Old Man of the Sea
In Greek mythology, the Old Man of the Sea was a primordial figure who could be identified as any of several water-gods, generally Nereus or Proteus, but also Tritonylors, Pontus, Phorcys, or Glaucus. He is the father of Thetis (the mother of Achilles).
In book 4 of Homer's Odyssey, Menelaus recounts to Telemachus his journey home, and how he had to seek the advice of the Old Man of the Sea. The Old Man can answer any questions if captured, but capturing him means holding on as he changes from one form to another. Menelaus captured him, and during the course of questioning, asked if Telemachus' father Odysseus was still alive.
Sinbad the Sailor encountered the monstrous Old Man of the Sea on his fifth voyage. The Old Man of the Sea in the Sinbad tales was said to trick a traveller into letting him ride on his shoulders while the traveller transported him across a stream. However, the Old Man would then not release his grip, forcing his victim to transport him wherever he pleased and allowing his victim little rest. The Old Man's victims all eventually died of this miserable treatment, but Sinbad, after having got the Old Man drunk with wine, was able to shake him off and kill him.
References in poetry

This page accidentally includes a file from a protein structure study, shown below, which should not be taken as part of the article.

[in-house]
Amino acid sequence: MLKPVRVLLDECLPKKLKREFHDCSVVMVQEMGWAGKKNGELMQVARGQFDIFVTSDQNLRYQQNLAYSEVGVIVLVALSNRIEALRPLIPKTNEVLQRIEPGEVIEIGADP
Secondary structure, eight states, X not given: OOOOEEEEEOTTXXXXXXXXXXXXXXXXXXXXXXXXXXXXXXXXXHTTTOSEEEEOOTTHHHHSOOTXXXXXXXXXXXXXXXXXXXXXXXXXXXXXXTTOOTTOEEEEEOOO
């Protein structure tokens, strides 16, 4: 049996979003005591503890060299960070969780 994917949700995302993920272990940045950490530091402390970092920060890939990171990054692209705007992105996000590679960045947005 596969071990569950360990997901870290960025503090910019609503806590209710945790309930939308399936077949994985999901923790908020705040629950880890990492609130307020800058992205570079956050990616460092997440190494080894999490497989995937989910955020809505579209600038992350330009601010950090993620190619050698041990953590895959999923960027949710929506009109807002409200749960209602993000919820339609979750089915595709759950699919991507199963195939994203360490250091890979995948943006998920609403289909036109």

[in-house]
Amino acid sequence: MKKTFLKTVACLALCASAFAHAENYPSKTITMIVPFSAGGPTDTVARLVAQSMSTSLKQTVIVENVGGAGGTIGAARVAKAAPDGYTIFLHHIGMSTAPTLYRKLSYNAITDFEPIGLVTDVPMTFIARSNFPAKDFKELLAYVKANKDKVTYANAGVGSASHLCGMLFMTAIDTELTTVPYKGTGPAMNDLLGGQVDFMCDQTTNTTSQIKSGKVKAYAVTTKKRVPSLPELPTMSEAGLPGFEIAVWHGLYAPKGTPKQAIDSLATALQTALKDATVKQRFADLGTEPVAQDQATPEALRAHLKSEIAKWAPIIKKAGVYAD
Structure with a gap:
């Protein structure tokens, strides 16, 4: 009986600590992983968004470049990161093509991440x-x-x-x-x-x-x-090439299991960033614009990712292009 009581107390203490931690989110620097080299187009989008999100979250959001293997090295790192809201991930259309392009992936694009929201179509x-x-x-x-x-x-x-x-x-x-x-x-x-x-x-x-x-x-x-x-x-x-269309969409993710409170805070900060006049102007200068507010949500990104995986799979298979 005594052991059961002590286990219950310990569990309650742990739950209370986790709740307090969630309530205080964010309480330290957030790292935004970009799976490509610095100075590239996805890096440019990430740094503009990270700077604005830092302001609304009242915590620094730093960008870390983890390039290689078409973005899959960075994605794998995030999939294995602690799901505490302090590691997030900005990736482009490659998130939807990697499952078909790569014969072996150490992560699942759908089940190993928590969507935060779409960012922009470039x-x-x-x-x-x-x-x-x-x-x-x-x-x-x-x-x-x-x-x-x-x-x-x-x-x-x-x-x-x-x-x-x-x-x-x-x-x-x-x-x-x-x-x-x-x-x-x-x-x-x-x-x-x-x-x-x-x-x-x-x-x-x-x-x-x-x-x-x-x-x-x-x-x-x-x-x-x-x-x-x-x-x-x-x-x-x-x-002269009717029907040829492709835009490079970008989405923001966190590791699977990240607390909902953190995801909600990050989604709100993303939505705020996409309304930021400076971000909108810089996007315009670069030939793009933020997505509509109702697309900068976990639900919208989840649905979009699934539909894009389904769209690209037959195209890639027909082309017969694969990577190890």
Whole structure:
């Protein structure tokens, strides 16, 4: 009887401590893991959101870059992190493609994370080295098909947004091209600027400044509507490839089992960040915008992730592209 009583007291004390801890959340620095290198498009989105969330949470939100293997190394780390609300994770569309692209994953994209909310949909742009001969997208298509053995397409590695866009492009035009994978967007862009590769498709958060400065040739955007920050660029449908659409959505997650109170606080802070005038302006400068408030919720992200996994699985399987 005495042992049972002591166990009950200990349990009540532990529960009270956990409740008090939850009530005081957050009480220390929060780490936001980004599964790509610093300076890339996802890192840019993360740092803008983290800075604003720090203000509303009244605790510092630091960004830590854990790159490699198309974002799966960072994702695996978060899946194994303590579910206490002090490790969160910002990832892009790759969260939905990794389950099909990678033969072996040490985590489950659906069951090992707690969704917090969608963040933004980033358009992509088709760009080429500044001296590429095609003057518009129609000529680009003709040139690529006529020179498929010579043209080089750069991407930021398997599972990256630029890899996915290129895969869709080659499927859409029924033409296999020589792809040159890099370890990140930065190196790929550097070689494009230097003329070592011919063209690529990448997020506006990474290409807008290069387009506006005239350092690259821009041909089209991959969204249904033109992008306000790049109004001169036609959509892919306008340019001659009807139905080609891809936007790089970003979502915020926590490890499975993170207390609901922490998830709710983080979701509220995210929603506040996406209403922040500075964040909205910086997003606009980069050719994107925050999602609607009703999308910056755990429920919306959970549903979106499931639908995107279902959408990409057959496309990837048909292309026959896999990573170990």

The Old Man of the Sea is alluded to in Edwin Arlington Robinson's book-length narrative poem King Jasper. In part 3 of the poem, King Jasper dreams of his deceased friend Hebron (whom Jasper betrayed) riding on his back. "You cannot fall yet, and I'm riding nicely," Hebron tells Jasper. "If only we might have the sight of water, / We'd say that I'm the Old Man of the Sea, / And you Sinbad the Sailor." Hebron then turns to gold (a symbol of Jasper's motivation for betraying him) and coaxes Jasper to leap across a ravine with the heavy, golden Hebron on his back.
The Old Man of the Sea also figures in the poetry of West Indian poet Derek Walcott. In a 1965 paper "The Figure of Crusoe", writing about the poem "Crusoe's Journal", Walcott notes:
It is not the Crusoe you recognize. I have compared him to Proteus, that mythological figure who changes shapes according to what we need him to be. Perhaps my mythology is wrong. I am, however, also summoning, in the combination of Crusoe and Proteus, the Old Man of the Sea with whom a mythological hero wrestled. The commercial Crusoe gives his name to our brochures and hotels. He has become the property of the Trinidad and Tobago Tourist board, and although it is the same symbol that I use, you must allow me to make him various, contradictory and as changeable as the Old Man of the Sea. (...) My Crusoe, then, is Adam. Christopher Columbus, God, a missionary, a beachcomber, and his interpreter, Daniel Defoe.
Referencing the figures of Adam, Christofer (Columbus) and Friday in succession, the poem's narrator remarks, "All shapes, all objects multiplied from his,/our ocean's Proteus;/in childhood, his derelict's old age/was like a god's."
- This article incorporates text from a publication now in the public domain: Wood, James, ed. (1907). "article name needed". The Nuttall Encyclopædia. London and New York: Frederick Warne.